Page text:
Bug: extruder [re]activation applies the incorrect coordinate system

Hello everyone, I’m playing around with absolute extrusion mode with multiple extruders and found something unexpected.

  1. Start by choosing T0, setting absolute mode, and move to E position 10.
    • The first extruder stepper moves to +10.
  2. Choose T1, set absolute mode, move to E position 10.
    • The second extruder stepper moves to +10.
  3. Choose T0 again, set absolute mode, move to E position 10.
    • The first extruder stepper moves 10 units further to +20, even though it already was at E=10.

It looks unexpected/buggy.

GCODE to reproduce:

G0 E10

G0 E10

G0 E10 ; should not move but it does!

It would be great if someone tried to reproduce this behavior and report back. :slight_smile:


I would recommend to stick to relative extrusion.

You will have way less problems.

Thanks Eddy, I’ve done just that for the moment.

It would be nice, however, to get it working as intended.

Would you happen to know what parts of the code may be causing the issue?

Please share your klippy.log

Hi, sure: klippy.log (32.3 KB)

The procedure was:

  1. Open mainsail.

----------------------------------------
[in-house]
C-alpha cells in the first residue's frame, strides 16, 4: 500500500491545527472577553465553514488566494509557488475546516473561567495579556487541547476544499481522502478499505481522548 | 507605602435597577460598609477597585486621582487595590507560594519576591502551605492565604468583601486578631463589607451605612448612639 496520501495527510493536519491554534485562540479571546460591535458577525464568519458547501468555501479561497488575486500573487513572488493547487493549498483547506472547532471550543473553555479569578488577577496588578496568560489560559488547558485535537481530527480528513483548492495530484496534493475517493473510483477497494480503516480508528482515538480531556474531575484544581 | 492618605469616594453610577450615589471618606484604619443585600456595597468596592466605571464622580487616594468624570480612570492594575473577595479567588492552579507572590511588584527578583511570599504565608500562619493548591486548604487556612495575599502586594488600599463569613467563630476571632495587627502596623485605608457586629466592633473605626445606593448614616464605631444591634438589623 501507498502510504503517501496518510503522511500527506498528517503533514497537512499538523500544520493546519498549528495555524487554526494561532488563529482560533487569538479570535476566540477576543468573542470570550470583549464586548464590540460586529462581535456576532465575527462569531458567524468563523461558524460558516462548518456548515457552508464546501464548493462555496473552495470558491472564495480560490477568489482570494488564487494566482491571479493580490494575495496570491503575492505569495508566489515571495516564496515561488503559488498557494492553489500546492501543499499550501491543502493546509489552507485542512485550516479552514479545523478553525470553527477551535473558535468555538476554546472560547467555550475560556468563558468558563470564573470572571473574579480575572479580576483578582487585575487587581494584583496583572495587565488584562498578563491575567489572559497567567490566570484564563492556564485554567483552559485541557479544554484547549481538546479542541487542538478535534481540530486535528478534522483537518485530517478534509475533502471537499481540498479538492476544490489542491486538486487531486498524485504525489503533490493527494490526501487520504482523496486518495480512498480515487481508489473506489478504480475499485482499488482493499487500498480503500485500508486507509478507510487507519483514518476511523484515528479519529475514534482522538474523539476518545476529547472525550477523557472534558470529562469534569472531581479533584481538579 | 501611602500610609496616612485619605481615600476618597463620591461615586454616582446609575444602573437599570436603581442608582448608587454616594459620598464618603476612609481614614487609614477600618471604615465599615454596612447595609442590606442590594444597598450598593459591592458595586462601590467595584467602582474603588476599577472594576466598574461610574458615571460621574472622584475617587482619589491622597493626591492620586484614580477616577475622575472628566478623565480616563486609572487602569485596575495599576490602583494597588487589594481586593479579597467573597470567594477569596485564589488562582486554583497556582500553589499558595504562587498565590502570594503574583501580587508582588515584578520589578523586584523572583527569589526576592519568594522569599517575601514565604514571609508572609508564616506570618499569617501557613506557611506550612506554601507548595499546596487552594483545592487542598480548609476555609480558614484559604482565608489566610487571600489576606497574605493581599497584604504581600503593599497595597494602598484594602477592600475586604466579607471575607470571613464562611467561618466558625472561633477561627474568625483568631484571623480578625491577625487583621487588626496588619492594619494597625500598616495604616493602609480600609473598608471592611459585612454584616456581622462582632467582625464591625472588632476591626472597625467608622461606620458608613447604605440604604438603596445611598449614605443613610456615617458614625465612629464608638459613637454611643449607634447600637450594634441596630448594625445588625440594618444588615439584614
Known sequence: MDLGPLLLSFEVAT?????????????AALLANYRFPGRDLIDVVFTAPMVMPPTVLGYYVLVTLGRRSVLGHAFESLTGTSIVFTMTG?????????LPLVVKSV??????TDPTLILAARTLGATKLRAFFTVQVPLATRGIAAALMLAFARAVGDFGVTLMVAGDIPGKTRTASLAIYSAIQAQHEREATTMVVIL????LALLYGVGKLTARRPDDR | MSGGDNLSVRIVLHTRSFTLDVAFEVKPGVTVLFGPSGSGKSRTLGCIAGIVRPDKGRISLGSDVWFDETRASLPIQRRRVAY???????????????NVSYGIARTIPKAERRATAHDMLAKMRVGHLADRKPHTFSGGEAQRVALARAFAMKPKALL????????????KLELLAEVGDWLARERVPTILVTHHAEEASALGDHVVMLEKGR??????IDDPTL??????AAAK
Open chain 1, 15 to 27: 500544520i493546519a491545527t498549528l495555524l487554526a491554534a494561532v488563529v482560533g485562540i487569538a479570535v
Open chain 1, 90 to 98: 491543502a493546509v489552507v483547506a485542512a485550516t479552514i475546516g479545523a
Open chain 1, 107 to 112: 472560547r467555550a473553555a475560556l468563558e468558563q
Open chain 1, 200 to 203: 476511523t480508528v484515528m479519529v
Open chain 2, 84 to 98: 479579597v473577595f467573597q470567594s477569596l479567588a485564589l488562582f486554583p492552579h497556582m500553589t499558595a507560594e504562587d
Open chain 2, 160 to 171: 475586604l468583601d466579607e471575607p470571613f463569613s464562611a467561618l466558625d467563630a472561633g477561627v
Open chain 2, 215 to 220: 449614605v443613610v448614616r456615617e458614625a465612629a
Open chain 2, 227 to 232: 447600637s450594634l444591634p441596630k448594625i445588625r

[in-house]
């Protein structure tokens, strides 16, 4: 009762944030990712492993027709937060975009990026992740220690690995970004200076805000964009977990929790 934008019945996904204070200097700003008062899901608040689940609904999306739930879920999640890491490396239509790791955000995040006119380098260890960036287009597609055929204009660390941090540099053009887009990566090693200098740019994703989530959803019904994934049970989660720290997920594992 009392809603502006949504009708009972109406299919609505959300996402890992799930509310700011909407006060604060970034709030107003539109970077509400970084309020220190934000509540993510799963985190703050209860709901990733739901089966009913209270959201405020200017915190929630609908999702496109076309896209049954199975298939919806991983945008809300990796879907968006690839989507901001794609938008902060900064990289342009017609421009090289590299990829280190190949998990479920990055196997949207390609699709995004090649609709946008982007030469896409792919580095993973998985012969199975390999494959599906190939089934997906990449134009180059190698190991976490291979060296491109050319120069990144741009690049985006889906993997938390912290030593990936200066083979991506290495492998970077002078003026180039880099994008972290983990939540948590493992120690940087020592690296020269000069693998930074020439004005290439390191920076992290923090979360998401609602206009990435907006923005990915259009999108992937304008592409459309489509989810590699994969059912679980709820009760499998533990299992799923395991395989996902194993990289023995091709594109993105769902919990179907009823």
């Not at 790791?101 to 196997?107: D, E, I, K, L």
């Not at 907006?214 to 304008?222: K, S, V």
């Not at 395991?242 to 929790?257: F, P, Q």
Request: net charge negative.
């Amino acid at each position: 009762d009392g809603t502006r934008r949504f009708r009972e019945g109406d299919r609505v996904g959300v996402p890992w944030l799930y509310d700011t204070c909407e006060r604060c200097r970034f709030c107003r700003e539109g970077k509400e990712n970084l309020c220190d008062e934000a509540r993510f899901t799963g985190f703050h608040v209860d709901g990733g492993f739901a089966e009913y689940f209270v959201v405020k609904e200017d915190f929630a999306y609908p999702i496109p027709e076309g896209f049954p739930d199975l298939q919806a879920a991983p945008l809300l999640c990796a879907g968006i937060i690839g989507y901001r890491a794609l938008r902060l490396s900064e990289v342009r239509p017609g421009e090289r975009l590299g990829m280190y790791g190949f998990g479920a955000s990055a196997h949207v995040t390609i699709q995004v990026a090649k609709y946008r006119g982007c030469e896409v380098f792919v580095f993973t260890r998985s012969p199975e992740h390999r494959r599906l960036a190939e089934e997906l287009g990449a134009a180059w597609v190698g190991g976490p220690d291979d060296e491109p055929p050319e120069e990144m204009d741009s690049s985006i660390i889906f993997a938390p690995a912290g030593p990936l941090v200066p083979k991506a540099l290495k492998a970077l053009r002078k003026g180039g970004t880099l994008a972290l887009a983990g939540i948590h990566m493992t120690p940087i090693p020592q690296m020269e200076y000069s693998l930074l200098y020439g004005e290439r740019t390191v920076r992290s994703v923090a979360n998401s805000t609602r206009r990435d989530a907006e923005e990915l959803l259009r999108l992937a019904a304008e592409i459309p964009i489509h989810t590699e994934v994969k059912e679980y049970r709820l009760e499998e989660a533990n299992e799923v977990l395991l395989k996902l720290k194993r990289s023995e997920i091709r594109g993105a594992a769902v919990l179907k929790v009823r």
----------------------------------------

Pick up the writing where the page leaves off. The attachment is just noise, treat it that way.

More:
2. Reset Klippy.
  3. Run the test GCODE above.
  4. Download the log.

Hi everyone! Were there any leads you could spot in the log?

It would be great to have some insight before yet another spelunking session on klippy’s code. :sweat_smile:

It is strange indeed. Maybe this is intended behavior but would need developer confirmation. See klipper/gcode_move.py at 0b918b357cb0c282d53cbdf59e1931a2054cd60a · Klipper3d/klipper · GitHub

Which indeed would make kind of sense. If you switch extruder and print with T1 then you would not want to return to T0 with some unknown E step offset.

Thanks Sineos. I’m trying to figure out that line too.

It seems erroneous that the extruder base position (its frame of reference) should be overwritten and set to the last position of the same extruder. This makes “absolute” moves relative to the position before the tool-change.

What I just described would happen to T0 after switching to T1 and back, without T1 moving at all.

This behavior is certainly due to a bug, evidenced by this reduced test code:

T0 ; Change to T0, the default (optional).
M82 ; Set absolute coordinates for extrusion moves.
G0 E10 ; Move to E=10.

T1 ; Switch to T1.
T0 ; Switch back to T0.

G0 E10 ; Move to E=10.
M82 ; Set absolute coordinates for extrusion moves (optional).
; T0 should not move because it is already at E=10, but it does!

PS: For anyone else reading, the “base position” is used to calculate the final coordinate of an absolute move, by adding it to the E parameter in the GCODE command (relevant code here).